Concerns about rivoroxaban and dabigatran doubling risk of acute myocardial infarction

See post below regarding stopping aspirin

9 Replies

  • Thanks, I can access it now. Apixaban seems to be deemed o.k. .I suppose that is something! I will watch for further studies. Interesting.

  • The only Noacs in this study were dabigatran and rivoroxaban. Apixaban was not part of this one.

  • After careful reading, there does not seem to be sufficient numbers used to make a decision one way or another. Headline promises more than the article gives, as often happens!

  • Some 30.000 patients with af and over 1000 on Noacs. The paper stated there was insufficient to distinguish between rivoroxaban and dabigatran.

  • Thank you for posting - I guess this was the report mentioned in the Daily Mail.

    I do think statistical studies like this alarms us and it is very hard for us to judge the personal risk versus benefit numbers (and they are numbers not certainties) and I often I feel between a rock and a hard place, not only on this subject but just about every drug I am asked to take :- Wafarin, Dabigatran, Asprin, Flecainide, Bisoprolol, Steroids, Statins, Mycophenolate and Pyridostigamine - but what is the alternative?

    At the moment some of above are increasing my QOL and I am resigned to dying (hopefully not quite yet) whilst others pose a larger risk than benefit. Personally I would like to stick to the Apixaban because I have no known side effects, which is a lot more than I can say for some of the others.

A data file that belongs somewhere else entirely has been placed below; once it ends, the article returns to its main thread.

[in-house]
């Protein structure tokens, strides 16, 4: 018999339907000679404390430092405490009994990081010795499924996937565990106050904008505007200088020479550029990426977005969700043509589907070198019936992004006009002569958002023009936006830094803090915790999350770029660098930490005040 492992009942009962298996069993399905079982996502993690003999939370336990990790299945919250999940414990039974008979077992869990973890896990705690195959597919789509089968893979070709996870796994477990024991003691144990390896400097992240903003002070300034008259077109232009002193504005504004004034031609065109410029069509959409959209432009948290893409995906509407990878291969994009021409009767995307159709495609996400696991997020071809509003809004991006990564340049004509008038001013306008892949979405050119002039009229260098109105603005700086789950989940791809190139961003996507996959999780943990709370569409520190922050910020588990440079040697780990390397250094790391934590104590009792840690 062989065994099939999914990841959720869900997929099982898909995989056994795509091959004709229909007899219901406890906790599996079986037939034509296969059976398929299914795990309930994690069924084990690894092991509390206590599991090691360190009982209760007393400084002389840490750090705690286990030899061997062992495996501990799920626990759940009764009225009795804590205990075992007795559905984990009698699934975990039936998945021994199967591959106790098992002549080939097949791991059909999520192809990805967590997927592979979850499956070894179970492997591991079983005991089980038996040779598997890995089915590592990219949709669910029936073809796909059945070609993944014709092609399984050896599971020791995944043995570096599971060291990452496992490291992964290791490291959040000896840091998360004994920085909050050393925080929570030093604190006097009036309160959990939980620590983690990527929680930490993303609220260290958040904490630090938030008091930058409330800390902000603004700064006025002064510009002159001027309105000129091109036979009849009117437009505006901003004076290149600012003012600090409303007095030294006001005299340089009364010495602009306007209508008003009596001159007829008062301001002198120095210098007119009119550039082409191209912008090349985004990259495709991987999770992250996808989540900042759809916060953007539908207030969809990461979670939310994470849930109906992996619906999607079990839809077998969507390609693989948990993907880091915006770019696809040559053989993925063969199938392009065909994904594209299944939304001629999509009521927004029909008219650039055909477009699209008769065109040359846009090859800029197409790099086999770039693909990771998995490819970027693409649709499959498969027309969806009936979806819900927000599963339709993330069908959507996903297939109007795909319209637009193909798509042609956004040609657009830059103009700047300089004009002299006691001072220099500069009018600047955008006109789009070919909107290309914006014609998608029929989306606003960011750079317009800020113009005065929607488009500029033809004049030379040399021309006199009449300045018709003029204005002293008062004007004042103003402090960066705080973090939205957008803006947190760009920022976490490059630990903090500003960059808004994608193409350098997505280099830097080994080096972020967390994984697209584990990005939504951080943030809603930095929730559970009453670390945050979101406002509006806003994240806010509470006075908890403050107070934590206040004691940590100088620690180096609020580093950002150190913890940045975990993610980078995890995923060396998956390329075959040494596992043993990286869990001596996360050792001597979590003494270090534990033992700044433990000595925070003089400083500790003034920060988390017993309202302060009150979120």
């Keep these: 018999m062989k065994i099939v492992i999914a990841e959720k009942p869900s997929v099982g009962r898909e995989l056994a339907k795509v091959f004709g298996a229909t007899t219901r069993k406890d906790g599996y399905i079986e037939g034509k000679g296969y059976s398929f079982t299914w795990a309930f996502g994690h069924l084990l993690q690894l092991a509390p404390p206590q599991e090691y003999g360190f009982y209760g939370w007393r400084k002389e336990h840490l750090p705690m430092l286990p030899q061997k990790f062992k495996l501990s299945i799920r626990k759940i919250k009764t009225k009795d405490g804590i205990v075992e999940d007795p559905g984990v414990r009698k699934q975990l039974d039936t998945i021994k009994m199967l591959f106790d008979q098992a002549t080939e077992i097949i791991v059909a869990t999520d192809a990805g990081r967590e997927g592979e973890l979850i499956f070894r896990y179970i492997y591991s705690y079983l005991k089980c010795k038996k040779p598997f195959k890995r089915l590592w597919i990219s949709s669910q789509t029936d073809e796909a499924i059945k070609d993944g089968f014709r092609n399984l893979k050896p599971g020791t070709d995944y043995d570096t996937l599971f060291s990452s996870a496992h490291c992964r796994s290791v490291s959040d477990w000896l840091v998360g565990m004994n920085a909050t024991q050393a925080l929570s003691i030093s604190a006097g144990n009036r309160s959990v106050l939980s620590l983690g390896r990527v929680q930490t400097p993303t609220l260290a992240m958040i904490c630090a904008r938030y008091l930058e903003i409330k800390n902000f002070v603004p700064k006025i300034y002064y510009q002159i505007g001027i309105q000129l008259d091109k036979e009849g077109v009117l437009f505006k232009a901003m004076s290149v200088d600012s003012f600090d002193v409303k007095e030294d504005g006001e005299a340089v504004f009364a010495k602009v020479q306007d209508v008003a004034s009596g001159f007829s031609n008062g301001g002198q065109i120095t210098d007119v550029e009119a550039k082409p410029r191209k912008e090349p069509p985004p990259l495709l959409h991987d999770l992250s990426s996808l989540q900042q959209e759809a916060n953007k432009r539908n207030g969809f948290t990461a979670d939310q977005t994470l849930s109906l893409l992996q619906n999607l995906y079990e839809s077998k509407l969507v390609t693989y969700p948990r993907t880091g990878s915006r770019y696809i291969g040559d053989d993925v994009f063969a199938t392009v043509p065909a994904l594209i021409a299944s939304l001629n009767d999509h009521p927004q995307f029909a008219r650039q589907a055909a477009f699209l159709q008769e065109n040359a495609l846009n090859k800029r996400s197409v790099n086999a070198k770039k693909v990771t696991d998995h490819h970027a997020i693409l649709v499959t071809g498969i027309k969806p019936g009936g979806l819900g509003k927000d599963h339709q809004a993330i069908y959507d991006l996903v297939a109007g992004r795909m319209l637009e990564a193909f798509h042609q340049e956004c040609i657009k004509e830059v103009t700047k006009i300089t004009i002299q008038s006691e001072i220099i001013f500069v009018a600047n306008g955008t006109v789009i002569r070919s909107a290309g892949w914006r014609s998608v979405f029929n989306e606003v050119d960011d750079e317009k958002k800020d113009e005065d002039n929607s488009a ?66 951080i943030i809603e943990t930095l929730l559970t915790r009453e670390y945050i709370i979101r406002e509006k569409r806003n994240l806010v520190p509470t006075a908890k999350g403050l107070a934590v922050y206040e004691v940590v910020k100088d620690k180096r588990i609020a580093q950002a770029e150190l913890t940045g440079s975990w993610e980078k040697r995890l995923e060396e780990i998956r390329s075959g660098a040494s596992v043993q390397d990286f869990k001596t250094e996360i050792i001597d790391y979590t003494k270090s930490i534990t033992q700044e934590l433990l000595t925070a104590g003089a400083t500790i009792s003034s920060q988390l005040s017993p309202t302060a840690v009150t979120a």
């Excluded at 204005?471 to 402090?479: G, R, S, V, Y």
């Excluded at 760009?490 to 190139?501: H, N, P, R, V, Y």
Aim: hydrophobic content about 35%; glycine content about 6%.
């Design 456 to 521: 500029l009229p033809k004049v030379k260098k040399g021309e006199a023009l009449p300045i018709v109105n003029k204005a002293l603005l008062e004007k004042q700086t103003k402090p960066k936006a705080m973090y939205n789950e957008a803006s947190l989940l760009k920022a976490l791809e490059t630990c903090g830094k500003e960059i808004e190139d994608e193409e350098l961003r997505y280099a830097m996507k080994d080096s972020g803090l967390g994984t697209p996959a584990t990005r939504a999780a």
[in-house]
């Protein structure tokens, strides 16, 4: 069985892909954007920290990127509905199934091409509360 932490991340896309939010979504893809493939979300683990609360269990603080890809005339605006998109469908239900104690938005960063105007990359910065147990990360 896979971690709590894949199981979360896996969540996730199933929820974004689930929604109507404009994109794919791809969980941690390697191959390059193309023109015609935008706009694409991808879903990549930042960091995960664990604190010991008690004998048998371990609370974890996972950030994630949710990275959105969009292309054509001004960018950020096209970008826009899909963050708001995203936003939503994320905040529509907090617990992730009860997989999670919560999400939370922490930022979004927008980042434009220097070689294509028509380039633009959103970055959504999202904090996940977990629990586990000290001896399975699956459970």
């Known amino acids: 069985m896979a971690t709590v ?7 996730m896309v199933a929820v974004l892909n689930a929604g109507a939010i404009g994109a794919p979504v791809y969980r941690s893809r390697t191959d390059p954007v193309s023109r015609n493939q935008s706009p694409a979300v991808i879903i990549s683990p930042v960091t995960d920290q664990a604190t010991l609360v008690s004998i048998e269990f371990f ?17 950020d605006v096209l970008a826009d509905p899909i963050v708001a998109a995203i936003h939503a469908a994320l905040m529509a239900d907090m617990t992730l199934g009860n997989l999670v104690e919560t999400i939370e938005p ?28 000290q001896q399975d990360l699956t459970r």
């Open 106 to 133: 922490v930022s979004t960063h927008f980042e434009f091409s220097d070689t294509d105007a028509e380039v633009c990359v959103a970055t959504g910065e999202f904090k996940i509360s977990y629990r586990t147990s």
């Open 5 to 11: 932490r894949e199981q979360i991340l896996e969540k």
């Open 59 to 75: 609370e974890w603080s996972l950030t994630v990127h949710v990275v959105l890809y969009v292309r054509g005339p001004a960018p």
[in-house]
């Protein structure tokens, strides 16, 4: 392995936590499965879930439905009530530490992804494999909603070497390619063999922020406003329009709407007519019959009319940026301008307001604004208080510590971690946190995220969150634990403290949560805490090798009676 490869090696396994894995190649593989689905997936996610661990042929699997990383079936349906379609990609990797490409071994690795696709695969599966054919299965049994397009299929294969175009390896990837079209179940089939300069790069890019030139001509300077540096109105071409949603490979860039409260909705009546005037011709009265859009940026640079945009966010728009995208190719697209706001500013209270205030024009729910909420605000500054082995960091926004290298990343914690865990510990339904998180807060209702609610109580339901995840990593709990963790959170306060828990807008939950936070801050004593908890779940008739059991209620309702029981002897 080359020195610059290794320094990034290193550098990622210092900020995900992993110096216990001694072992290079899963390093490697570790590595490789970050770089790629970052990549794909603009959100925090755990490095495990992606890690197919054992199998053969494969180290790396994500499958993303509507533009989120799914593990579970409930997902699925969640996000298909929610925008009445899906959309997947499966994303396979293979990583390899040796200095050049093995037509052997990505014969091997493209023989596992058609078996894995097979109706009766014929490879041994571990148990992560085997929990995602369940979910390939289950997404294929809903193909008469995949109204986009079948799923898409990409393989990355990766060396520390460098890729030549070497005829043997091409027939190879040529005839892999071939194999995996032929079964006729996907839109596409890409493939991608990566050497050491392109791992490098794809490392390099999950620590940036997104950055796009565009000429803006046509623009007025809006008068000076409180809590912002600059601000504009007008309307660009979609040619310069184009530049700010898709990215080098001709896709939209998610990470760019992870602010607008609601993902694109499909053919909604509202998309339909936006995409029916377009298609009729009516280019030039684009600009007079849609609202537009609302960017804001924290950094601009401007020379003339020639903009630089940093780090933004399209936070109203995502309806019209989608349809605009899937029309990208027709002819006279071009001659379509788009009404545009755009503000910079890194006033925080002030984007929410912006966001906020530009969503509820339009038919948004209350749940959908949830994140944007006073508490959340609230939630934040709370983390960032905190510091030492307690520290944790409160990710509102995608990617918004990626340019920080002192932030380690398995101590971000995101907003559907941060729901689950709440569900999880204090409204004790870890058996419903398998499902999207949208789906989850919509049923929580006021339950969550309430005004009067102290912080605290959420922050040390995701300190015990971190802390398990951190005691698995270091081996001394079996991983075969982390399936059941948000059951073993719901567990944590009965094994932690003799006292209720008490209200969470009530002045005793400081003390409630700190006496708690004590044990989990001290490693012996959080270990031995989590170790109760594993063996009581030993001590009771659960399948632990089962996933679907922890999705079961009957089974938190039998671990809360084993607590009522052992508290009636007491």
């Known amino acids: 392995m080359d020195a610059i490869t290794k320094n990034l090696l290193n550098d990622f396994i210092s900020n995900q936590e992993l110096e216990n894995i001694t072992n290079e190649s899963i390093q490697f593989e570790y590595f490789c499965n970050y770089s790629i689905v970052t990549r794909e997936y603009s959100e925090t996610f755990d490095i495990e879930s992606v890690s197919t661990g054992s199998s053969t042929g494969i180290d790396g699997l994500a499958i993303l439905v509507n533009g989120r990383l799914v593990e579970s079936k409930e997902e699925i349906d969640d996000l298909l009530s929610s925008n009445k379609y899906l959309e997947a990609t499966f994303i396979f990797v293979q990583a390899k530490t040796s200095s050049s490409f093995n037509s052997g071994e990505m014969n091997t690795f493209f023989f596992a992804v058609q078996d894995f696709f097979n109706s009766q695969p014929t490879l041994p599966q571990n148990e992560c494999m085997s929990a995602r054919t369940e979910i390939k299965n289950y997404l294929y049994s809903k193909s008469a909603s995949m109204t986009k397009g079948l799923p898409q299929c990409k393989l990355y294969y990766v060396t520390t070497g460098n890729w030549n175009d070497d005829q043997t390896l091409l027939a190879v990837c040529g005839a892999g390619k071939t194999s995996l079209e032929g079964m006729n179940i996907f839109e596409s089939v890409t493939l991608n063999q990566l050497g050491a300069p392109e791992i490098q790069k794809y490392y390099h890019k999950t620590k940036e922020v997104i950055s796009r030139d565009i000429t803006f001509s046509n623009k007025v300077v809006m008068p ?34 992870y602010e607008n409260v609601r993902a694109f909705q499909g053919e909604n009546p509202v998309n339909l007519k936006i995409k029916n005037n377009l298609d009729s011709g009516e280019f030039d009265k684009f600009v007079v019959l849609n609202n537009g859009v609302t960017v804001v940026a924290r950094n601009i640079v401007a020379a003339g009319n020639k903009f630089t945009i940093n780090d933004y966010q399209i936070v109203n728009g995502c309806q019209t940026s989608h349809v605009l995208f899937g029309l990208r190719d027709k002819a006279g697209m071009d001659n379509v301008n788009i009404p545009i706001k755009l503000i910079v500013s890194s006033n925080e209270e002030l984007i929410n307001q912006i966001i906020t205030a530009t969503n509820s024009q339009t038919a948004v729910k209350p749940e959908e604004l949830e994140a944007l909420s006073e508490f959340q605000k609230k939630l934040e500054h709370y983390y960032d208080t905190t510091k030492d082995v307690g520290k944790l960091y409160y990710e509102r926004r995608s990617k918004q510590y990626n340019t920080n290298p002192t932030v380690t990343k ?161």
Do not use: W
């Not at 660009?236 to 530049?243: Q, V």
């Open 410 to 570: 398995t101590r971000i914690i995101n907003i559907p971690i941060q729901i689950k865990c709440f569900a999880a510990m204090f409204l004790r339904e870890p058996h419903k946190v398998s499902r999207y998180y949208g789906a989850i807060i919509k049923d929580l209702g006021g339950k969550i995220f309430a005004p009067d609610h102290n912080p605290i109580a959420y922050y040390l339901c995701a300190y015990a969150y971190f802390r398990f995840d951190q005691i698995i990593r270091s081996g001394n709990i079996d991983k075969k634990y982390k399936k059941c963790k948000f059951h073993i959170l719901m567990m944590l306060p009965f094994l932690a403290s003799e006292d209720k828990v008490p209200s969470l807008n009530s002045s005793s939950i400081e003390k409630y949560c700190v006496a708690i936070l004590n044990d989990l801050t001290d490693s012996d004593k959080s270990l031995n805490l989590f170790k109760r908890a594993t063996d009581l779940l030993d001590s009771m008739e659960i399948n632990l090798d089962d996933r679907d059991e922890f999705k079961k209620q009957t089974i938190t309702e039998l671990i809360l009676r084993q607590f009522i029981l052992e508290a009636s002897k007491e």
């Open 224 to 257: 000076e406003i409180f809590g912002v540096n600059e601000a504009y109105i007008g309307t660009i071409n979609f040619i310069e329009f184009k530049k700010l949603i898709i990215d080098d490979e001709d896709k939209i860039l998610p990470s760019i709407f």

Until personalized medicine prevails I guess we will just have to roll the dice.

  • Thank you for posting this link, Goldfish. As the NOAC's are such a relatively new medication, long term side effects were always yet to be established with certainty.

    Is my reading of the tables correct that the incidence of MI in those with medium CHADS score taking warfarin was 0.25% and rivoroxaban was 0.5%? Although this is double the risk, it is still a small risk - and it needs to be considered in proportion.

    No doubt further studies will follow . . .

  • Phew thank goodness don't want any more risks!

  • Goldfish, what is the risk of MI do you think ( on Apixaban- I know it's not mentioned but presumably same as other DOACS intervening at same point on clotting process??))

  • That's a very interesting study that builds on previous evidence. A risk of higher heart attacks was identified in the Rely trial for dabigatran, though subsequent research by the makers tried to invalidate that.

    It would appear that warfarin actually has a protective effect, rather than the DOACs having a negative effect. Nevertheless it seems that this is an additional reason for staying on warfarin provided you can remain in range.

    Of note too is that as well as the DOACs having twice the rate of heart attacks as warfarin, so did aspirin. I thought aspirin should have protected against heart attacks, but that doesn't seem to be the case. All the more reason for not using aspirin with AF.

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